The NBA has had to postpone 31 games because of league health and safety protocols, with several teams -- including the Washington Wizards, Memphis Grizzlies and San Antonio Spurs -- having to miss multiple games because there weren't enough players available to play.
Silver, however, said he believes it is "realistic" to complete the playoffs without mandatory vaccinations for players because he believes league protocols have largely worked.
"I think it is realistic, even if we didn't have required vaccinations because, of course, no one -- none of the players -- have been vaccinated now, and we've only had to postpone a relatively small percentage of games," Silver said. "We know that for the most part, a testing protocol, together with mask wearing and all the other precautions we're taking, largely works.
"The NCAA tournament is going to be played this year, and again, without vaccinations for their players. To me, we'll make additional progress if players get vaccinated, but it certainly doesn't require that they all get vaccinated."
Silver didn't address what would happen if an NBA team has to be shut down during the playoffs. Once the NCAA tournament begins, if a team has an outbreak that prevents it from playing, its opponent would advance to the next round via forfeit.
Other topics Silver addressed:
• Silver was asked about Los Angeles Lakers star LeBron James' criticism of the league for holding the All-Star Game. Silver said he understands where James is coming from and commended him for how he has handled things, including his work on TNT's "Inside The NBA" on Thursday as James and Durant, the game's two captains, drafted their teams.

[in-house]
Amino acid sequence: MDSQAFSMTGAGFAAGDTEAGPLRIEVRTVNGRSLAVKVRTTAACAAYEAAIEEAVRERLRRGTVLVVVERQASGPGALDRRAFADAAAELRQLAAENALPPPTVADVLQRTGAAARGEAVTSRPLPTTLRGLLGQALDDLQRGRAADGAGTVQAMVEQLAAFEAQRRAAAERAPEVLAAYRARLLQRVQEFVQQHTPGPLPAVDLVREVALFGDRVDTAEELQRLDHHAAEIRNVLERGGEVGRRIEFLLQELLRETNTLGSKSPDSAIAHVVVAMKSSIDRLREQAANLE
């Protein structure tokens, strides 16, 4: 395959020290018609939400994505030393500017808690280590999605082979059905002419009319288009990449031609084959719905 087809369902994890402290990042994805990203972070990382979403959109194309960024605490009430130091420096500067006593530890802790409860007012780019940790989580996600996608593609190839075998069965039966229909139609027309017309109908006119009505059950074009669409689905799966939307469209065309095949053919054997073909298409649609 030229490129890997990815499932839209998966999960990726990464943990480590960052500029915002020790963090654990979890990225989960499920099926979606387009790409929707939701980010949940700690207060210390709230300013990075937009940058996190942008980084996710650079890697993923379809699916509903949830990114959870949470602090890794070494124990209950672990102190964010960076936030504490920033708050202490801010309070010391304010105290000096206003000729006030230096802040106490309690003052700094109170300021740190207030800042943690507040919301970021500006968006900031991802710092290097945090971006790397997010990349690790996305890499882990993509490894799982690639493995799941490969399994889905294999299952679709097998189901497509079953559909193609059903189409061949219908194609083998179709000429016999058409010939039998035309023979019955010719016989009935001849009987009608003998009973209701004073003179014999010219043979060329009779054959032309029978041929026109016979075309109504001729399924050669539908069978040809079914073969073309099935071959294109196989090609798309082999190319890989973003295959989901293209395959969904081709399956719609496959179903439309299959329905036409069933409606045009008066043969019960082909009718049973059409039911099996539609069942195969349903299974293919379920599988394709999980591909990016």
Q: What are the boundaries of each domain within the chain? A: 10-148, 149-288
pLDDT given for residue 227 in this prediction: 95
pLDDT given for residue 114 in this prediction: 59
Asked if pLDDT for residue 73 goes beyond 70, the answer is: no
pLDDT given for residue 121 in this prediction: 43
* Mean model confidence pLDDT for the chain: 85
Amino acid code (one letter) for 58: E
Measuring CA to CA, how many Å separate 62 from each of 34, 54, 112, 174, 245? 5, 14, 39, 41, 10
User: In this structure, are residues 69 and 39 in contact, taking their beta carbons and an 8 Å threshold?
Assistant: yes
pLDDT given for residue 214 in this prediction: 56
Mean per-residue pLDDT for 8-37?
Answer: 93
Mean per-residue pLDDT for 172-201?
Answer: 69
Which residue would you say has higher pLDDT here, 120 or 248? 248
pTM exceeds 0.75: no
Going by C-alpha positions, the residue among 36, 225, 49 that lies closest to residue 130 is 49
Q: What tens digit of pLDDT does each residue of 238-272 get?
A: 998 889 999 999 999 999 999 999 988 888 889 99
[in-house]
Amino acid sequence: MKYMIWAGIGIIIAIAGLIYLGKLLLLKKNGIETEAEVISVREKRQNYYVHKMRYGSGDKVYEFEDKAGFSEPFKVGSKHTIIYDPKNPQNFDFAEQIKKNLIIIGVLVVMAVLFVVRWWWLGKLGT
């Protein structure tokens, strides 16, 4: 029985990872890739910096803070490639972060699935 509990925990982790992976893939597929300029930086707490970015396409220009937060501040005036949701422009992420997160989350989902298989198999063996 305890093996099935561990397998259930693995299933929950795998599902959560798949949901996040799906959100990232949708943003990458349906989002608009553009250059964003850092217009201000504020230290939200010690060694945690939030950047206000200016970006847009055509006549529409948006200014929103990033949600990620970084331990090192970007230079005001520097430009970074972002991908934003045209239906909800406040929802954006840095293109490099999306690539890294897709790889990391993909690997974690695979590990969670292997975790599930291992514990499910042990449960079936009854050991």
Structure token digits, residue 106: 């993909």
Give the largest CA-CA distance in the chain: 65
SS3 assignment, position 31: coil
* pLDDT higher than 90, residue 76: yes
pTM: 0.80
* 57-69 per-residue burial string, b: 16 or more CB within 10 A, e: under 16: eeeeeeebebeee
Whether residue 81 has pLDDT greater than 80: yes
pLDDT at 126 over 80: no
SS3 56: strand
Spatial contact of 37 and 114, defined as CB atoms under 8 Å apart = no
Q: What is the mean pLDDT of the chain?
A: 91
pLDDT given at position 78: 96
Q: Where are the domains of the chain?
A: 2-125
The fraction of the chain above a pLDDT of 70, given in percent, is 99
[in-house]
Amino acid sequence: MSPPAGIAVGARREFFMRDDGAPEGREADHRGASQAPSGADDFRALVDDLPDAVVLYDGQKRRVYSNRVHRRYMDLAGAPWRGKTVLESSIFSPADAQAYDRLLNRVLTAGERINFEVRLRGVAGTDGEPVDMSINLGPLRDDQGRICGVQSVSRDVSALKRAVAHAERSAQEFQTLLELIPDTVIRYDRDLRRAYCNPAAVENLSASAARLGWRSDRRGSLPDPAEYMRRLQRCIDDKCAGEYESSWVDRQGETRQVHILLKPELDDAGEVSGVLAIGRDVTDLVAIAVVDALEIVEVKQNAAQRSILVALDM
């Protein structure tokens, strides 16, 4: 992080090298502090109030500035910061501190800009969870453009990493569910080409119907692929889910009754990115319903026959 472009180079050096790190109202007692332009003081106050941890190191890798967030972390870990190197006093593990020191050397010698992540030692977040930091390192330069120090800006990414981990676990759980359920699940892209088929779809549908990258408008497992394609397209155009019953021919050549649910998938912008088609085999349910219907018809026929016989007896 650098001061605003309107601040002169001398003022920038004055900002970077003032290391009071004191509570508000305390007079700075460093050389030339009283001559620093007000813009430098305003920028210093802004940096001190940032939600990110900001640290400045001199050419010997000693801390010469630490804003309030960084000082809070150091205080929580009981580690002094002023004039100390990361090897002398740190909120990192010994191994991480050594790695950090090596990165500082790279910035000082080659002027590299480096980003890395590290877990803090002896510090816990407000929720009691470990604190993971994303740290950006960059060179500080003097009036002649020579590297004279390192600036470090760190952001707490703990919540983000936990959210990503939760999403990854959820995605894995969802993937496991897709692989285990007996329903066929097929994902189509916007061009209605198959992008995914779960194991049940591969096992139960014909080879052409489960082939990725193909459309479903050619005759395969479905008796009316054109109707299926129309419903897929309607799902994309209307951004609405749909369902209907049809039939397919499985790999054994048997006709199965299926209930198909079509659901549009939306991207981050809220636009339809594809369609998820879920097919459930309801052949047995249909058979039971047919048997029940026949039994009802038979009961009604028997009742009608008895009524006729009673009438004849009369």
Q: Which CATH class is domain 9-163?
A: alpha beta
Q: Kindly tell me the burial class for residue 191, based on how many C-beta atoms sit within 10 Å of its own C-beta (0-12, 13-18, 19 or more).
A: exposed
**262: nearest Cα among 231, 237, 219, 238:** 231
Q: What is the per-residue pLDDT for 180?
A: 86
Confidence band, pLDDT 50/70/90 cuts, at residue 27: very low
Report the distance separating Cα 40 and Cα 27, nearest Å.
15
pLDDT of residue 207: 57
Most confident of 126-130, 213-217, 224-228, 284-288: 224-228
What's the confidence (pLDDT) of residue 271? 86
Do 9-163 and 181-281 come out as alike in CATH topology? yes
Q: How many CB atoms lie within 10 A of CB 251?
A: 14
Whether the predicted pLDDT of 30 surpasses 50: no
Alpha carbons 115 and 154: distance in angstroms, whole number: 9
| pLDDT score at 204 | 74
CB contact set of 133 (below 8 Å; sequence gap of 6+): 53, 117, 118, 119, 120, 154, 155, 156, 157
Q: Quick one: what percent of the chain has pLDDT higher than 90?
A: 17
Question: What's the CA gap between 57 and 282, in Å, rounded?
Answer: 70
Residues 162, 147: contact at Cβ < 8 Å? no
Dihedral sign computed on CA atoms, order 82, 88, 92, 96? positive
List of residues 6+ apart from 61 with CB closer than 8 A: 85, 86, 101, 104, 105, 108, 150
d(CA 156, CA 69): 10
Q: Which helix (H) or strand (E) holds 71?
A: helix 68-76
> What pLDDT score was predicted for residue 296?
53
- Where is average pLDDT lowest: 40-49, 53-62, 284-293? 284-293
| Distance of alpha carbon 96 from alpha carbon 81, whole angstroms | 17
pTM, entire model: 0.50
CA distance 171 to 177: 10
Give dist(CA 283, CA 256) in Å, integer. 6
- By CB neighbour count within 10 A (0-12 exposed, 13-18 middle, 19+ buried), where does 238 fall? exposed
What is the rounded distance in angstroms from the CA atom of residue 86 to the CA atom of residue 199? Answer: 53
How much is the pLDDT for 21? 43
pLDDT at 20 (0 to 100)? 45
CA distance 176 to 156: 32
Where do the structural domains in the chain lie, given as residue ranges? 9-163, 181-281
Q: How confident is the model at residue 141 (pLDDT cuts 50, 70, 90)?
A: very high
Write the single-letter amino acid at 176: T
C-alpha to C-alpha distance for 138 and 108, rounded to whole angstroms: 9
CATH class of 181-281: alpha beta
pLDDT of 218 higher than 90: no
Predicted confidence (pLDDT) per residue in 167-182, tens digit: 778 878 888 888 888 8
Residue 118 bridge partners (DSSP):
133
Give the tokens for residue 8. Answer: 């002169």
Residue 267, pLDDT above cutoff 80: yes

"It would be incredibly hypocritical of me to say to LeBron that you should speak out on issues that are important to you, but not ones when you're critical of the league," Silver said. "We're all part of a community. I respect him and his point of view.
"Also, at the same time, I appreciate his professionalism. If you had a chance to see him, as captain and general manager of his team, proceed with the draft, he did it in good humor. He took it very seriously. My sense is he's going to be here, as he always is, as a top-notch professional and engaged in the game.
"Again, I respect his point of view. But it seems like issues that can be worked out in the family, so to speak."
• Kyrie Irving's tweet about changing the NBA logo to one featuring Kobe Bryant -- as opposed to Hall of Famer Jerry West, as it has been for decades -- has been a hot topic.